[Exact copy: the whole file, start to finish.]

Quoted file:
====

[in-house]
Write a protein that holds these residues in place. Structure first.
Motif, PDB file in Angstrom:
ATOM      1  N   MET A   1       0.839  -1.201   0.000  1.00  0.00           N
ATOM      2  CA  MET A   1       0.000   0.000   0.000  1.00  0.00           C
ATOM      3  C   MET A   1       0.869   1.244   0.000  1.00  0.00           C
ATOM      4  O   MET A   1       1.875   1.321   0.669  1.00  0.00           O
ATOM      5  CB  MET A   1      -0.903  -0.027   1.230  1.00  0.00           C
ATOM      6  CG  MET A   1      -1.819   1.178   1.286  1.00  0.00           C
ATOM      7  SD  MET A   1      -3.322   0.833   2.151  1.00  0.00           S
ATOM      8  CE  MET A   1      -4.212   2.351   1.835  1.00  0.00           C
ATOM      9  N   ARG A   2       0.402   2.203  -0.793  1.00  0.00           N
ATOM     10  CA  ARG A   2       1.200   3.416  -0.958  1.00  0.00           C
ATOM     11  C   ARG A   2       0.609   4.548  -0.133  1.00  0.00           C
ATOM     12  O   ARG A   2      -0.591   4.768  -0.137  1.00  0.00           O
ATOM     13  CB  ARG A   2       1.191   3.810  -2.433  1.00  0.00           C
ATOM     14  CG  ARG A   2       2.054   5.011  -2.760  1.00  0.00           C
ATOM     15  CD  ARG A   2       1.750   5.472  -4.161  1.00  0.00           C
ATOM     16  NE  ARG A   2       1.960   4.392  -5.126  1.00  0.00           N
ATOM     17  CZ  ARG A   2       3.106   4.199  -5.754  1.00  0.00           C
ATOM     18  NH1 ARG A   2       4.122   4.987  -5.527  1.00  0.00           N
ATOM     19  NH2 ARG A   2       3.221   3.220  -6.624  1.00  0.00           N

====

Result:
[in-house]
Write a protein that holds these residues in place. Structure first.
Motif, PDB file in Angstrom:
ATOM      1  N   MET A   1       0.839  -1.201   0.000  1.00  0.00           N
ATOM      2  CA  MET A   1       0.000   0.000   0.000  1.00  0.00           C
ATOM      3  C   MET A   1       0.869   1.244   0.000  1.00  0.00           C
ATOM      4  O   MET A   1       1.875   1.321   0.669  1.00  0.00           O
ATOM      5  CB  MET A   1      -0.903  -0.027   1.230  1.00  0.00           C
ATOM      6  CG  MET A   1      -1.819   1.178   1.286  1.00  0.00           C
ATOM      7  SD  MET A   1      -3.322   0.833   2.151  1.00  0.00           S
ATOM      8  CE  MET A   1      -4.212   2.351   1.835  1.00  0.00           C
ATOM      9  N   ARG A   2       0.402   2.203  -0.793  1.00  0.00           N
ATOM     10  CA  ARG A   2       1.200   3.416  -0.958  1.00  0.00           C
ATOM     11  C   ARG A   2       0.609   4.548  -0.133  1.00  0.00           C
ATOM     12  O   ARG A   2      -0.591   4.768  -0.137  1.00  0.00           O
ATOM     13  CB  ARG A   2       1.191   3.810  -2.433  1.00  0.00           C
ATOM     14  CG  ARG A   2       2.054   5.011  -2.760  1.00  0.00           C
ATOM     15  CD  ARG A   2       1.750   5.472  -4.161  1.00  0.00           C
ATOM     16  NE  ARG A   2       1.960   4.392  -5.126  1.00  0.00           N
ATOM     17  CZ  ARG A   2       3.106   4.199  -5.754  1.00  0.00           C
ATOM     18  NH1 ARG A   2       4.122   4.987  -5.527  1.00  0.00           N
ATOM     19  NH2 ARG A   2       3.221   3.220  -6.624  1.00  0.00           N